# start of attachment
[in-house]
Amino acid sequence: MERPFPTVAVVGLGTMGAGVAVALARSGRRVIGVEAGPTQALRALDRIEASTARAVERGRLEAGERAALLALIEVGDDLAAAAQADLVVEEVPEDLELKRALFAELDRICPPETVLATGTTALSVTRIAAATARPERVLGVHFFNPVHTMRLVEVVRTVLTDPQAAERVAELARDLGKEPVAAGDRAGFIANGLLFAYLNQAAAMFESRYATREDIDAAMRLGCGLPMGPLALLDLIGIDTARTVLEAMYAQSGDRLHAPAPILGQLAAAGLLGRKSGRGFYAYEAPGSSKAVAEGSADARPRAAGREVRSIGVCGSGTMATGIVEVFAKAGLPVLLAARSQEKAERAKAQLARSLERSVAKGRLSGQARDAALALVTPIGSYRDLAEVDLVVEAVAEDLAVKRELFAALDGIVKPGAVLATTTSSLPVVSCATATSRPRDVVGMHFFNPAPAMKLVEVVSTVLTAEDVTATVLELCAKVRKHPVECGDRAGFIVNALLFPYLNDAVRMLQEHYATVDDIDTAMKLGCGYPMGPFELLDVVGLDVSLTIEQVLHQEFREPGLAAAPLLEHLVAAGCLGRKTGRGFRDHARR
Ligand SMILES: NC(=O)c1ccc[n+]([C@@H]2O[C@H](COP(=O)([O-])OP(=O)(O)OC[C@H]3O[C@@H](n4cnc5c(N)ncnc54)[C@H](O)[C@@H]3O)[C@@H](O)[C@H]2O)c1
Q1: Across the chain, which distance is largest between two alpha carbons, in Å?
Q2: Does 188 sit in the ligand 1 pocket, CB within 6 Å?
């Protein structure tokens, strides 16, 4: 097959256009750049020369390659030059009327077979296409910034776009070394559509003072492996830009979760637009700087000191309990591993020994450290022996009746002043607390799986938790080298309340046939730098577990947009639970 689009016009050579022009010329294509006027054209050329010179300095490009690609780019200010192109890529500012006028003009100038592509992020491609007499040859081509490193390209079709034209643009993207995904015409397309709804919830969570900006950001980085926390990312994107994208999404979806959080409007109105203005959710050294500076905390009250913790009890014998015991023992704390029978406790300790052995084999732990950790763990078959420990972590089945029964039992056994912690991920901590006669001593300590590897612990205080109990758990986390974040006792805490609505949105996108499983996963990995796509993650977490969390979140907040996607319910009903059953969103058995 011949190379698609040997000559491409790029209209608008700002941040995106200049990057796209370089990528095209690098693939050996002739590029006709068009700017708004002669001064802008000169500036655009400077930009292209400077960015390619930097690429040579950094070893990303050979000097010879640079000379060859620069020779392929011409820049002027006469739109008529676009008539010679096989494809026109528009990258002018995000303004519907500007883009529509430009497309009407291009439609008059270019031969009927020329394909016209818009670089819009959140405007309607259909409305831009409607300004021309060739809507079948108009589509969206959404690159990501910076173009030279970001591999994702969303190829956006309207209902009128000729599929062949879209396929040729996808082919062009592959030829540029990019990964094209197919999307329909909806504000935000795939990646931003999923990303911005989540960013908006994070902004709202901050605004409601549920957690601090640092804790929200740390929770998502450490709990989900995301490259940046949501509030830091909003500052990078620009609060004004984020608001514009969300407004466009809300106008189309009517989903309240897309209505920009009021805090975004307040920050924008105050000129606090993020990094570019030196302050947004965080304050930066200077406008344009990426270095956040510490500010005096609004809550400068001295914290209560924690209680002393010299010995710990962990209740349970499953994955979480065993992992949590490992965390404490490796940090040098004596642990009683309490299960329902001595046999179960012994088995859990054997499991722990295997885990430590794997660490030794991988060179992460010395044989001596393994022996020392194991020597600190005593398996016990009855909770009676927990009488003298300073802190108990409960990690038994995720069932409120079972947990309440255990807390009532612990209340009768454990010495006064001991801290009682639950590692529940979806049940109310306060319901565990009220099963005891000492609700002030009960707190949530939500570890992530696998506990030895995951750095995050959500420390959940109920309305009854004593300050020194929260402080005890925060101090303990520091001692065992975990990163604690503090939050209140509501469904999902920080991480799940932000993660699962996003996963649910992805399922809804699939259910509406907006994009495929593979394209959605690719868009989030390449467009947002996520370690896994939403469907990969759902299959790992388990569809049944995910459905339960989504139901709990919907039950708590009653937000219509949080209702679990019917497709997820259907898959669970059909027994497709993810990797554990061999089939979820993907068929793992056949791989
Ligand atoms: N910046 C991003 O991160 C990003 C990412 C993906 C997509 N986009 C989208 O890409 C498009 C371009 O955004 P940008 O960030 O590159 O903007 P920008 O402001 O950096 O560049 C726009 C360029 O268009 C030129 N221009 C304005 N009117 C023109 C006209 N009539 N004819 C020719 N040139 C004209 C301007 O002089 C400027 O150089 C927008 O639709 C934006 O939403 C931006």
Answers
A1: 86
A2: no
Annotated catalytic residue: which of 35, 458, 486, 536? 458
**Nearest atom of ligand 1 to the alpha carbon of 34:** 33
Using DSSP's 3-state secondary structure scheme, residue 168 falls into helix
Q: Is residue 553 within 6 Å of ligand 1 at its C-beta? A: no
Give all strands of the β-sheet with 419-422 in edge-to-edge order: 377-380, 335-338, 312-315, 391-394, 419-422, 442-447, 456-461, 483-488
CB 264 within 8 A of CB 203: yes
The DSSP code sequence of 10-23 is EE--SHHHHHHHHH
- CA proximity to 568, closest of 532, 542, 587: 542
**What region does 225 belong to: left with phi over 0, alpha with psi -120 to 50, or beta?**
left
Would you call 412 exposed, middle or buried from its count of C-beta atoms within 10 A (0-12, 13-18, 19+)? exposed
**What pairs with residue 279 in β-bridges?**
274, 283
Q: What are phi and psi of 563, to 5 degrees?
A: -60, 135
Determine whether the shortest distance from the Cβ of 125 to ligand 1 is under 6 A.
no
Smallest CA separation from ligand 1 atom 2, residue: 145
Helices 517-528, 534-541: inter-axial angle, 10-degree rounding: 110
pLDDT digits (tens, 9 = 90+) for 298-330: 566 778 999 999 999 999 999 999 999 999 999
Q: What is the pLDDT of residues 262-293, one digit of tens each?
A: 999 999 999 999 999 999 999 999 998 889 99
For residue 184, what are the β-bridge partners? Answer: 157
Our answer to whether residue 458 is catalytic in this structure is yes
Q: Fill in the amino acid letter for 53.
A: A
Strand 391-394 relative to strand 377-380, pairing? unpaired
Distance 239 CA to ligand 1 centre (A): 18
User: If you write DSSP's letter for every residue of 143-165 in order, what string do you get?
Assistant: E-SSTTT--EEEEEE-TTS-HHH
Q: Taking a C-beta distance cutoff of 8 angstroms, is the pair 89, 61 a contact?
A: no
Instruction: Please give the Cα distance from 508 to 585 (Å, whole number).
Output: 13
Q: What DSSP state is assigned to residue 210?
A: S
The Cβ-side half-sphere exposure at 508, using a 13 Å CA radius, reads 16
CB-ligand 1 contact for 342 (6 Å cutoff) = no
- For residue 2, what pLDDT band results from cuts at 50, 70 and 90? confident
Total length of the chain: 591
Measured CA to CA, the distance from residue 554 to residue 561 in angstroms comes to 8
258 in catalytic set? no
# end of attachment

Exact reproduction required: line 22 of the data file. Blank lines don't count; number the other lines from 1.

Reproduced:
**What pairs with residue 279 in β-bridges?**